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Sunday, December 6, 2015

What I Brought Home from the Nutrient Management and Edge of Field Conference

I looked at notes from Day 3 of the conference and found little new information.  What I brought home was:

  • Monitoring runoff and nutrient loading is difficult and expensive.
  • We don't always find the answers we think we will.
  • A little phosphorous in your water can be a big problem.
  • Controlling nutrient releases is not an exact science.
  • Conservative use of fertilizer can have a positive impact on water quality.
  • Watch out for unintended consequences.
  • Guidelines are scarce for farmers or consultants who want to do monitoring in a practical way.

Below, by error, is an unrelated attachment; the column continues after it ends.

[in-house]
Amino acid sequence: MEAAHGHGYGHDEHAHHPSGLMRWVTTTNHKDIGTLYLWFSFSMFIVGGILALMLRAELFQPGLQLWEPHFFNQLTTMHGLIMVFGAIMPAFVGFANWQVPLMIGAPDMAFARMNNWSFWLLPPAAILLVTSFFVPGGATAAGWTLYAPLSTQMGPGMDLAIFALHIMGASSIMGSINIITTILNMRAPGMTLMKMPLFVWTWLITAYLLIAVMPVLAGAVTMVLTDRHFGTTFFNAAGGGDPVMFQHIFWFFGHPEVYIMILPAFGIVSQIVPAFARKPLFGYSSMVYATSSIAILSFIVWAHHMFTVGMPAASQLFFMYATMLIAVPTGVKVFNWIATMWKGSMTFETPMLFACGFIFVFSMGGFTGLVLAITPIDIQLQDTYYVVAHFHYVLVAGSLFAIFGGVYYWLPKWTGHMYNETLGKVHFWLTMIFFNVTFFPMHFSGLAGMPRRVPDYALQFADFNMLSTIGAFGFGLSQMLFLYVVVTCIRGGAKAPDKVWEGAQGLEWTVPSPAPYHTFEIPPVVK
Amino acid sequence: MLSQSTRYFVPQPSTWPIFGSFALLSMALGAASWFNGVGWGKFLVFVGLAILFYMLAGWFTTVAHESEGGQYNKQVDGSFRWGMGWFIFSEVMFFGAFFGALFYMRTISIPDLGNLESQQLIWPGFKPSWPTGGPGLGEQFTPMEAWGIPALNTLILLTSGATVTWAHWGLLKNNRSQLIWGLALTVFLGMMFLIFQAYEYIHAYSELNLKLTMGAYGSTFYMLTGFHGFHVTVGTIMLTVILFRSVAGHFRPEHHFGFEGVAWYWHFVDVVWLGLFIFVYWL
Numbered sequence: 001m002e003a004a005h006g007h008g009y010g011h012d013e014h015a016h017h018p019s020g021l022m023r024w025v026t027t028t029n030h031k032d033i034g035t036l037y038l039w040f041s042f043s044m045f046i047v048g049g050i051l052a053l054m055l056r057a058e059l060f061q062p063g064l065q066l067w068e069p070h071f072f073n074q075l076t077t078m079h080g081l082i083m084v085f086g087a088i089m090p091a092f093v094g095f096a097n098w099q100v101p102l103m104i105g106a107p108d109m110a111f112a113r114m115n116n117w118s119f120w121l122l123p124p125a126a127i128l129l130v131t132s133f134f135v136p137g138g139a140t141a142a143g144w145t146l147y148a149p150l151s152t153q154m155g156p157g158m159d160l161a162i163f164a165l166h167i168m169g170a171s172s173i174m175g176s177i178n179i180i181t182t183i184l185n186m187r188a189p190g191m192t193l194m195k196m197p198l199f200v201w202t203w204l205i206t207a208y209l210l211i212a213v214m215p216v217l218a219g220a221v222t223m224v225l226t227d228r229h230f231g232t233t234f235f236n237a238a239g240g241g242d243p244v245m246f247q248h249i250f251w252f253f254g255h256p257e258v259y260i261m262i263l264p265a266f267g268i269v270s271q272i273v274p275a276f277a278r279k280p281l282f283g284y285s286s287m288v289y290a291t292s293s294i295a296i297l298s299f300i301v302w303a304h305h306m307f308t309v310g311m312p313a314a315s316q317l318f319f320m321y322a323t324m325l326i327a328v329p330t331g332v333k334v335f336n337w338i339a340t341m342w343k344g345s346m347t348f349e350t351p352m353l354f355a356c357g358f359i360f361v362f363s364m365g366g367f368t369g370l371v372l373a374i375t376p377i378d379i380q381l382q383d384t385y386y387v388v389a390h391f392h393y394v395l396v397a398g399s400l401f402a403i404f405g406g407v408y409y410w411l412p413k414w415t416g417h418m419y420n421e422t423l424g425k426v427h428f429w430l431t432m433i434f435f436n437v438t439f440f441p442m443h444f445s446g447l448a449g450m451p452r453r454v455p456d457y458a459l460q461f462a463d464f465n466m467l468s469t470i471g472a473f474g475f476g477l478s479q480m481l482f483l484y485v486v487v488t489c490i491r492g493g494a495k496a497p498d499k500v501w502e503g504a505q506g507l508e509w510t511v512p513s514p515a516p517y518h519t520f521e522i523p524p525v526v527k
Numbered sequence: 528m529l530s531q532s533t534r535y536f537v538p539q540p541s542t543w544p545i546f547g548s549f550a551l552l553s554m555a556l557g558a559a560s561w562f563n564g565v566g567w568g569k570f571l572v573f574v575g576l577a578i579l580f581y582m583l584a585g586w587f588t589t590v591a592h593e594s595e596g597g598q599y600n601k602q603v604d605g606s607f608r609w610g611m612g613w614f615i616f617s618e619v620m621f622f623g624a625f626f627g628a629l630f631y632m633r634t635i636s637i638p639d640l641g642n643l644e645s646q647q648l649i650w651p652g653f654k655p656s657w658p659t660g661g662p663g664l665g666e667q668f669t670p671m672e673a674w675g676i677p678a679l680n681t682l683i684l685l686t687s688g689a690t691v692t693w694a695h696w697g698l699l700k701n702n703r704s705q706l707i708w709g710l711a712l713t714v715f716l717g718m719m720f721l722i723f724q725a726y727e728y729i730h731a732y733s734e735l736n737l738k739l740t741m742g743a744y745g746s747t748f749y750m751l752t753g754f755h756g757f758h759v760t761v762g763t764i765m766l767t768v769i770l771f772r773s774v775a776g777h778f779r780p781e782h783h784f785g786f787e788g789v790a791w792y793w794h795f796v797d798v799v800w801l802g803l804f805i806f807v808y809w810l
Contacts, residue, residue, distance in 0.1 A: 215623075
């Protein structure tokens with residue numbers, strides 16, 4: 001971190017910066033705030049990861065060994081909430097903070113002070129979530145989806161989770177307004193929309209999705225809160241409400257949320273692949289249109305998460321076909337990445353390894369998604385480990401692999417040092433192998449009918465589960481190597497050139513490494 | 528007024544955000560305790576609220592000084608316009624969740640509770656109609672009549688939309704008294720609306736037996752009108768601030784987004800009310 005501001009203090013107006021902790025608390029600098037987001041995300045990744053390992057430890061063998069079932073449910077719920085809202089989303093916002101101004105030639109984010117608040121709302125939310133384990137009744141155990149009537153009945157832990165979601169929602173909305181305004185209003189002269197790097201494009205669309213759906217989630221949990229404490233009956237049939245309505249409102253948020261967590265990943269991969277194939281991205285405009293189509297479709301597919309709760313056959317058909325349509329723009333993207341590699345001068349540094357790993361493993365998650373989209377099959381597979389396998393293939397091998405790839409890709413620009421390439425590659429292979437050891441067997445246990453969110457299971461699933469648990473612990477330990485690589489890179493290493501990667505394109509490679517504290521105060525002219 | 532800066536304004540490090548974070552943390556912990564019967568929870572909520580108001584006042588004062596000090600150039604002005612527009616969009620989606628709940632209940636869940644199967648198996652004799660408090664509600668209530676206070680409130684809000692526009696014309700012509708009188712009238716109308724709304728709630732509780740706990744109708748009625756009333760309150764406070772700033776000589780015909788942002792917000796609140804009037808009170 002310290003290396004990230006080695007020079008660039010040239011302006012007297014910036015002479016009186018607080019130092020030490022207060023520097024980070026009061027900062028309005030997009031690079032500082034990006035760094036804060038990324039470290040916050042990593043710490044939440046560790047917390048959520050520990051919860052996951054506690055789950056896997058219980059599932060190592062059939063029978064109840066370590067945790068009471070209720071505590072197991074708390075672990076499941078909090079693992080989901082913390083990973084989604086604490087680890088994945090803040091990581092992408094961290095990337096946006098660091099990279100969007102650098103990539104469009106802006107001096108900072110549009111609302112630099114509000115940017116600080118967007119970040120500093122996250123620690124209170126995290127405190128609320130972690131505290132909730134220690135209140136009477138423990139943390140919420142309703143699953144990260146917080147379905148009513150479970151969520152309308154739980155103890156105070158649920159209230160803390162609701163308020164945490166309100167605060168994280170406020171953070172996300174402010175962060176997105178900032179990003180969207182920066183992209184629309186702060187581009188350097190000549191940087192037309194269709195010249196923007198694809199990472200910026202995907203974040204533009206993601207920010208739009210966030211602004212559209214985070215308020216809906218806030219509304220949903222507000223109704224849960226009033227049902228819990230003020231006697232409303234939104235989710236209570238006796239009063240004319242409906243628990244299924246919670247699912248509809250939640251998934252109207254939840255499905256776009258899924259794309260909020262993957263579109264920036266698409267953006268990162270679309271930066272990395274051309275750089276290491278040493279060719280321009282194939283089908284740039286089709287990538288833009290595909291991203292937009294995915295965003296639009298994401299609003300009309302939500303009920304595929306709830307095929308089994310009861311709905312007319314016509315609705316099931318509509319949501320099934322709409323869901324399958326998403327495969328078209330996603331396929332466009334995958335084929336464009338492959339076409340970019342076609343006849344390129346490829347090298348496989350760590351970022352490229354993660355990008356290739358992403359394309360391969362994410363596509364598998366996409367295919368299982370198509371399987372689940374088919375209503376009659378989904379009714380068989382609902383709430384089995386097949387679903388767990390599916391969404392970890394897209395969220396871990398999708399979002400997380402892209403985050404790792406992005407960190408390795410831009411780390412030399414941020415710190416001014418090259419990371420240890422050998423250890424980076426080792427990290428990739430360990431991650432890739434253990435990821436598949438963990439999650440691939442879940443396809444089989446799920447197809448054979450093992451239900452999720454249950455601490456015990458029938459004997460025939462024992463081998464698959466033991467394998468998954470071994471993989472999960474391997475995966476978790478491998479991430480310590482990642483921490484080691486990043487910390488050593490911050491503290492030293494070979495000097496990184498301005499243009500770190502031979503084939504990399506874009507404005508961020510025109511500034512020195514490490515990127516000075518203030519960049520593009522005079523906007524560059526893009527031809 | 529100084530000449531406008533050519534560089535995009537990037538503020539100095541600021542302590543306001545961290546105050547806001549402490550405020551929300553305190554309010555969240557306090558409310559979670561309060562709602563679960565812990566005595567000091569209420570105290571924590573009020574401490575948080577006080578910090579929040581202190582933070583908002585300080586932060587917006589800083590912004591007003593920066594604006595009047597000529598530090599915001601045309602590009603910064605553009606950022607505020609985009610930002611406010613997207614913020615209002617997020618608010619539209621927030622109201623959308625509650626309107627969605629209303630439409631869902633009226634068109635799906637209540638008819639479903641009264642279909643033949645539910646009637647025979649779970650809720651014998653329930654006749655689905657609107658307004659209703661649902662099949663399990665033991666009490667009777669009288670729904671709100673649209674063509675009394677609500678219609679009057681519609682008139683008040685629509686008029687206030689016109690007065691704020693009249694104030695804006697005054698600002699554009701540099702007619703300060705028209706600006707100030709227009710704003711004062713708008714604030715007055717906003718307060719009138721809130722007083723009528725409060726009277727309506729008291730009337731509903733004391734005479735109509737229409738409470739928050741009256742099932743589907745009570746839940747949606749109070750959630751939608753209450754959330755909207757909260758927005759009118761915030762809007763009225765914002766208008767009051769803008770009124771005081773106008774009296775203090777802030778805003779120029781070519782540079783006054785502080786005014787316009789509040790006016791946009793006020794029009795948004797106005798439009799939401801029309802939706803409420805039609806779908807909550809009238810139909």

I was not sure what to think of a presentation by Brittany Hanrahan of Notre Dame University on the first day of the conference.  She set up her study to monitor the effects of cover crops on water quality in a small watershed in Indiana.  She monitored her outflows every 2 weeks.  Her results showed a positive effect from conservation practices applied.  As I listened to all the other presentations I could see that her study was not very sophisticated compared to all the others; yet she got what seemed to be valid results that showed a positive impact.  Somehow we need people like Hanrahan to lead us to a practical side of monitoring so that farmers can set up their own studies to guide decisions.

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